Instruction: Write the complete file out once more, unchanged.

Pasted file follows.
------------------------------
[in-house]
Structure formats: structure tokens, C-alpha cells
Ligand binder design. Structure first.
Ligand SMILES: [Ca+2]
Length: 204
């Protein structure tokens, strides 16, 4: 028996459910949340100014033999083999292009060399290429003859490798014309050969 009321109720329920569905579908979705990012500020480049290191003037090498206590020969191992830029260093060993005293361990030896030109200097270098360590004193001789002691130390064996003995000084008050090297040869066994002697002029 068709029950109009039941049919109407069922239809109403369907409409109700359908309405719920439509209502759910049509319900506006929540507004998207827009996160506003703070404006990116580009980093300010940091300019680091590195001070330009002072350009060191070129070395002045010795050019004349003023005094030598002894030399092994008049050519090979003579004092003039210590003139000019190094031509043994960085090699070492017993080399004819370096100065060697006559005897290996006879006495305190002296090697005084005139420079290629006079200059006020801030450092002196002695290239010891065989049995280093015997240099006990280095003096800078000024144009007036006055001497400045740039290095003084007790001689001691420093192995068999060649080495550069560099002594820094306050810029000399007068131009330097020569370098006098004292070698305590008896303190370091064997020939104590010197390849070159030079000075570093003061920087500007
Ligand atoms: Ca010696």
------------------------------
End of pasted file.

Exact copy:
[in-house]
Structure formats: structure tokens, C-alpha cells
Ligand binder design. Structure first.
Ligand SMILES: [Ca+2]
Length: 204
């Protein structure tokens, strides 16, 4: 028996459910949340100014033999083999292009060399290429003859490798014309050969 009321109720329920569905579908979705990012500020480049290191003037090498206590020969191992830029260093060993005293361990030896030109200097270098360590004193001789002691130390064996003995000084008050090297040869066994002697002029 068709029950109009039941049919109407069922239809109403369907409409109700359908309405719920439509209502759910049509319900506006929540507004998207827009996160506003703070404006990116580009980093300010940091300019680091590195001070330009002072350009060191070129070395002045010795050019004349003023005094030598002894030399092994008049050519090979003579004092003039210590003139000019190094031509043994960085090699070492017993080399004819370096100065060697006559005897290996006879006495305190002296090697005084005139420079290629006079200059006020801030450092002196002695290239010891065989049995280093015997240099006990280095003096800078000024144009007036006055001497400045740039290095003084007790001689001691420093192995068999060649080495550069560099002594820094306050810029000399007068131009330097020569370098006098004292070698305590008896303190370091064997020939104590010197390849070159030079000075570093003061920087500007
Ligand atoms: Ca010696």